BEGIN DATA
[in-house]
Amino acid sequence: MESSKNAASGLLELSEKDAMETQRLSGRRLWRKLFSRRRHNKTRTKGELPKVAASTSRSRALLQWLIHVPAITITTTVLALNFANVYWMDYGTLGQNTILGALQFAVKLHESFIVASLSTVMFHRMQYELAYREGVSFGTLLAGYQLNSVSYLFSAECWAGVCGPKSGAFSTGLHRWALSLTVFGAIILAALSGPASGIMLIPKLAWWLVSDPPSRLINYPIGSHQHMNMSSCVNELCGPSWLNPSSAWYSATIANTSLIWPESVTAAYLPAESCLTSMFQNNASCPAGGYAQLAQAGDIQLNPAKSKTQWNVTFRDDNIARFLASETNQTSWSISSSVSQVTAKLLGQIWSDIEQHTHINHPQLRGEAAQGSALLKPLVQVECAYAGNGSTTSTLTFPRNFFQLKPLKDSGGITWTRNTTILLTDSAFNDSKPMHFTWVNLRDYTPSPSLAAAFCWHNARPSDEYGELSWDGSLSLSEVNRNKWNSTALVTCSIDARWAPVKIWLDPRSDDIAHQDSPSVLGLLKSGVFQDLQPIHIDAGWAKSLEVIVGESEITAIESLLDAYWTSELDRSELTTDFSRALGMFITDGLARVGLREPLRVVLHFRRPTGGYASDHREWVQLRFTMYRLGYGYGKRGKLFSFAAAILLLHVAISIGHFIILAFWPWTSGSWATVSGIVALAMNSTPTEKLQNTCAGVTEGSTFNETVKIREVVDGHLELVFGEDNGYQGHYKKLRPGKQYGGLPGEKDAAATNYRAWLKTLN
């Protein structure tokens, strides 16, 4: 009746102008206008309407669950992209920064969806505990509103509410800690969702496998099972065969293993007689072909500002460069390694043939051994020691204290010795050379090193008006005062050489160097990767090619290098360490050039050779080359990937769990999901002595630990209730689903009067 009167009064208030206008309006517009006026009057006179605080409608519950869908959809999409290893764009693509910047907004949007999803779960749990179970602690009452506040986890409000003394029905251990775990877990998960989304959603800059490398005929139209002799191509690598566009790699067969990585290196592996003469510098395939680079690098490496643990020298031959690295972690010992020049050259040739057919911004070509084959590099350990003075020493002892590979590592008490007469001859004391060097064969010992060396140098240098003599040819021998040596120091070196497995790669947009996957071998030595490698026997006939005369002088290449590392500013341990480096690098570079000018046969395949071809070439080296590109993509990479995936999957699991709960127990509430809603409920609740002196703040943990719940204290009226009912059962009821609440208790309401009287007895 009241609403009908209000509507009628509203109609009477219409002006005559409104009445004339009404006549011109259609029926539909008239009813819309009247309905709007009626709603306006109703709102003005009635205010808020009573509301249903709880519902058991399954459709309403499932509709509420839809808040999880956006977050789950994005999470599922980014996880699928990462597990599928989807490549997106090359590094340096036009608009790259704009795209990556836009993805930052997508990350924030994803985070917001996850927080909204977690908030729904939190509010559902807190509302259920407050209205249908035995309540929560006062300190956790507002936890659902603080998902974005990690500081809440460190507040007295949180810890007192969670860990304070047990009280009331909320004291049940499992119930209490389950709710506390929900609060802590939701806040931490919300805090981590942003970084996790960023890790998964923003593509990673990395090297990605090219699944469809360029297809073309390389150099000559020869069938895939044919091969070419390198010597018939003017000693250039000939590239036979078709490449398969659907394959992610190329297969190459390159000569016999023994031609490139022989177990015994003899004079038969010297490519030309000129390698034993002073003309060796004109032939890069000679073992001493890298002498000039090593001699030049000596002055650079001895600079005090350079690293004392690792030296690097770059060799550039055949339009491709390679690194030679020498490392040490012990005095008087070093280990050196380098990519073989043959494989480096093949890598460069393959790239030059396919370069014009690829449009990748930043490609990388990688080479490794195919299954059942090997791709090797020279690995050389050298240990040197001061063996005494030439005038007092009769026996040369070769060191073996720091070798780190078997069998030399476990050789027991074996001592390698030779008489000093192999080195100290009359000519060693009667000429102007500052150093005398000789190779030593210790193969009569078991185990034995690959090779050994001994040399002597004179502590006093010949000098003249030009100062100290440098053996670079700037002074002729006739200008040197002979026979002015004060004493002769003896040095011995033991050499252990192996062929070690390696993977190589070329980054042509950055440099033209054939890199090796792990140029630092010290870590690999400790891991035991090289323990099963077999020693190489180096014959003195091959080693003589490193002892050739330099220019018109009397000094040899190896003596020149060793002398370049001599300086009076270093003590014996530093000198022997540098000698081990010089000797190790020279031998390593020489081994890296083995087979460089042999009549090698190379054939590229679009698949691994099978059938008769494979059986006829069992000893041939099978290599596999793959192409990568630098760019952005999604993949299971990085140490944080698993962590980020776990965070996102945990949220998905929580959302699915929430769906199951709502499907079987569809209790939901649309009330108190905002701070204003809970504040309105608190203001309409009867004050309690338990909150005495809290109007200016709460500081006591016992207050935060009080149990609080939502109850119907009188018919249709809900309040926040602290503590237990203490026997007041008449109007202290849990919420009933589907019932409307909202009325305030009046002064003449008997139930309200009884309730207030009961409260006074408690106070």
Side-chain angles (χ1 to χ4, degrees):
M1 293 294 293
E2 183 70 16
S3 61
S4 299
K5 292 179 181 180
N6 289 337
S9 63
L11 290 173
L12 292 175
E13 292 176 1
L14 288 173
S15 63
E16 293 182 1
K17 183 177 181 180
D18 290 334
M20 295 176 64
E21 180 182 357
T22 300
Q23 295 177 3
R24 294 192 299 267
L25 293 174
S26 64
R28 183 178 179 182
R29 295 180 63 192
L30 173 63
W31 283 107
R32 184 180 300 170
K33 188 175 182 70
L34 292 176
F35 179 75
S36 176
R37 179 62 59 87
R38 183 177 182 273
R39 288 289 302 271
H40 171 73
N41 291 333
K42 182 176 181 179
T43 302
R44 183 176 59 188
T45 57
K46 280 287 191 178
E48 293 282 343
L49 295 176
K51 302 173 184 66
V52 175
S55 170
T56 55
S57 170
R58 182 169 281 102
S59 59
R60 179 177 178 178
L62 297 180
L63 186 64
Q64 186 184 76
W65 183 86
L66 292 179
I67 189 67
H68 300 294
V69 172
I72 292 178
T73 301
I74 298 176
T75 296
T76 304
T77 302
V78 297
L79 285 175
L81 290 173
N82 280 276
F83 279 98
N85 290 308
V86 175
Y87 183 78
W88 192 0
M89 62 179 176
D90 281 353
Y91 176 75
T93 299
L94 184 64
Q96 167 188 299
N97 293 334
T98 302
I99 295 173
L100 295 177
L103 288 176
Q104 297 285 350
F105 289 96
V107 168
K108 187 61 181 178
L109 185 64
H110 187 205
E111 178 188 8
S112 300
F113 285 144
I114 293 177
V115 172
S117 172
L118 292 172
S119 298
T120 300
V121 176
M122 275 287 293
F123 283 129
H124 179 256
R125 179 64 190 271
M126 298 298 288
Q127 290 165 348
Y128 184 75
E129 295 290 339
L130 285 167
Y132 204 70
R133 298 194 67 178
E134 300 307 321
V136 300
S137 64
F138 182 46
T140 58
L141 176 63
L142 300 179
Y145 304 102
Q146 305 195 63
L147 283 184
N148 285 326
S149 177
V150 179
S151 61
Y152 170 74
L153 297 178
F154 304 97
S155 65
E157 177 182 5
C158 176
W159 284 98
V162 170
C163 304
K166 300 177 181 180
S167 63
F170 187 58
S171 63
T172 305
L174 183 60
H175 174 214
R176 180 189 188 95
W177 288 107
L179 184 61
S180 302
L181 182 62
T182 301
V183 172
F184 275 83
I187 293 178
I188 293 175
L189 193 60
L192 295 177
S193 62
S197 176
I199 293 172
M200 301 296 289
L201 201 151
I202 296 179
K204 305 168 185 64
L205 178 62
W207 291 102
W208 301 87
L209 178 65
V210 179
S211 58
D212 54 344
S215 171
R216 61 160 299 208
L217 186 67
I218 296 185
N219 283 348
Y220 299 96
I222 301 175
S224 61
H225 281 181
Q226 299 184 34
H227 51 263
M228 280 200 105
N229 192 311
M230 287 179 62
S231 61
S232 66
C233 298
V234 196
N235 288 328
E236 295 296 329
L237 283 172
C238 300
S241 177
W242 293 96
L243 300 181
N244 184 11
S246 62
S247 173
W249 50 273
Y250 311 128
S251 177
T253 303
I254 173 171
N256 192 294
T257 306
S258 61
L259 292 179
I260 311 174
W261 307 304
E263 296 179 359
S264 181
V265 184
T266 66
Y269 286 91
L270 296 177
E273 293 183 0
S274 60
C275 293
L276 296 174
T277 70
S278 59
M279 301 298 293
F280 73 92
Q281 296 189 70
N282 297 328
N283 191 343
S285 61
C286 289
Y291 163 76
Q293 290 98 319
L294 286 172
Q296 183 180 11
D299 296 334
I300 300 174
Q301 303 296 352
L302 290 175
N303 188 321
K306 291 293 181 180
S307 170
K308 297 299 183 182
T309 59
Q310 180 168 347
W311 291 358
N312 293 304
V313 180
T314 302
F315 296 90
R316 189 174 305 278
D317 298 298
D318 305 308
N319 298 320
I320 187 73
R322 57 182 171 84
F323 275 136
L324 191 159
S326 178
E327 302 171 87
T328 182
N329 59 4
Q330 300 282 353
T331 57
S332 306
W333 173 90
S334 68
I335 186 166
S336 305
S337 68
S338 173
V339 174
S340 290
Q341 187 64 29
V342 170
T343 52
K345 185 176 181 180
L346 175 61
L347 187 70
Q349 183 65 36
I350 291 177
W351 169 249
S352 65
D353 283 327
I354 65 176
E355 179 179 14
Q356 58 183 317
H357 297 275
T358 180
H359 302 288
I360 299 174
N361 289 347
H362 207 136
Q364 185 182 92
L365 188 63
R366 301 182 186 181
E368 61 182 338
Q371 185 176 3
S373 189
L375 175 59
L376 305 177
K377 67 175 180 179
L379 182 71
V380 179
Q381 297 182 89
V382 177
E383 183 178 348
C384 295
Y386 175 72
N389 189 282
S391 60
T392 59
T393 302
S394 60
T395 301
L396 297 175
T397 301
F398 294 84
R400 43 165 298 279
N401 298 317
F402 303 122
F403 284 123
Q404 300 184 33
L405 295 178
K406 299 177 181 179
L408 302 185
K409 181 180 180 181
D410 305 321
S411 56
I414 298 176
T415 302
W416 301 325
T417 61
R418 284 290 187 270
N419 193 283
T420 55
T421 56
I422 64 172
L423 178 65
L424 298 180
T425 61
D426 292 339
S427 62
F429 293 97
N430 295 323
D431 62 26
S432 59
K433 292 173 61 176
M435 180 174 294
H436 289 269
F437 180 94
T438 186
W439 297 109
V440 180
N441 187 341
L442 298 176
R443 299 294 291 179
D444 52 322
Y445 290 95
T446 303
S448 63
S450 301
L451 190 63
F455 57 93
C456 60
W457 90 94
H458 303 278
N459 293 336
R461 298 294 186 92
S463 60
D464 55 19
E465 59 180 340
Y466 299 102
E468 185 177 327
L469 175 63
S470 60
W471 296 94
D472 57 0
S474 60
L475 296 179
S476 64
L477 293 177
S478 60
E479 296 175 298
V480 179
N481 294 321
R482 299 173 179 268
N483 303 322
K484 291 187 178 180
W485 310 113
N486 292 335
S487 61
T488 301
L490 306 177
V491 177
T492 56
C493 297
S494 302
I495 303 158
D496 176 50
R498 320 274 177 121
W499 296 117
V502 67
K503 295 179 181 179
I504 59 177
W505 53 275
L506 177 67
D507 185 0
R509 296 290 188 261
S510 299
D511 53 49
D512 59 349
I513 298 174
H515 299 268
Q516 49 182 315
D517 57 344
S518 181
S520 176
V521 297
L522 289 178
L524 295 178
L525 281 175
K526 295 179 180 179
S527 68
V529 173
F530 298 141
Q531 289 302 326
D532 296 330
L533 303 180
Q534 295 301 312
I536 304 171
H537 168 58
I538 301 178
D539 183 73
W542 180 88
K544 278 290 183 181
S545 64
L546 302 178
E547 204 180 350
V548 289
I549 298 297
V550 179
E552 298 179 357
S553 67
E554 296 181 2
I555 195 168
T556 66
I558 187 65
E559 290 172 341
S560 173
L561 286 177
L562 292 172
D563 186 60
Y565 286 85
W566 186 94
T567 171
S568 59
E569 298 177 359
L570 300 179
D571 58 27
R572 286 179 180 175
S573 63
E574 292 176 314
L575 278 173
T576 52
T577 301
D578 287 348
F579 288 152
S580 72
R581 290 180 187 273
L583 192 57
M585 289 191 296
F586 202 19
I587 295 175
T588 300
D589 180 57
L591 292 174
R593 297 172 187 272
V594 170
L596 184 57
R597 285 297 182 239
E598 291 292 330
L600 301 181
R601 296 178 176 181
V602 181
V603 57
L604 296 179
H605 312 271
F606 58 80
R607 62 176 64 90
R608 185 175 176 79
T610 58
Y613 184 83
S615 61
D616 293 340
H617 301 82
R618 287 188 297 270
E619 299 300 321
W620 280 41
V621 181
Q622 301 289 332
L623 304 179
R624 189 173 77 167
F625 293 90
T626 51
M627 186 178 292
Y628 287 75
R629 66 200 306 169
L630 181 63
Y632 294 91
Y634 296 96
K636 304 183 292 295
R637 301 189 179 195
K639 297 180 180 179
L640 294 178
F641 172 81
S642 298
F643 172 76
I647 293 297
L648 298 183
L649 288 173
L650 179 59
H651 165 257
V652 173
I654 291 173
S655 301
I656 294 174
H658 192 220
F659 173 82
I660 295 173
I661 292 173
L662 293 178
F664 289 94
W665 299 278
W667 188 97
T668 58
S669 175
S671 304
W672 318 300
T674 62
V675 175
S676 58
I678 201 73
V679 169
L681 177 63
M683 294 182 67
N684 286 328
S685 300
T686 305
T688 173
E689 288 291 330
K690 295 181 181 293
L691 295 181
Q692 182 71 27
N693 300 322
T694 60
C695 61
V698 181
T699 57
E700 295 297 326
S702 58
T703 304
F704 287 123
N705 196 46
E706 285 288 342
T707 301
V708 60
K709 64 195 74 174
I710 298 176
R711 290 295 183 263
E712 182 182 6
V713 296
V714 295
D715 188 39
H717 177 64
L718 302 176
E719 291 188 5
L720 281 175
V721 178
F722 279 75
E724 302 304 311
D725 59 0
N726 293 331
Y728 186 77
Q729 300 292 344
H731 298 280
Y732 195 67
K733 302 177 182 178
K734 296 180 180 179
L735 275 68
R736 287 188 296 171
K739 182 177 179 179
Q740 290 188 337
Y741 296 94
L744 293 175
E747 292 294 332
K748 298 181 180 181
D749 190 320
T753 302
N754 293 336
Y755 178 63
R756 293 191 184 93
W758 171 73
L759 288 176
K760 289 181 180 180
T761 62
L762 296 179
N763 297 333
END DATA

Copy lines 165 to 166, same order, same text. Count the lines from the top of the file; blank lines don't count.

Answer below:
K204 305 168 185 64
L205 178 62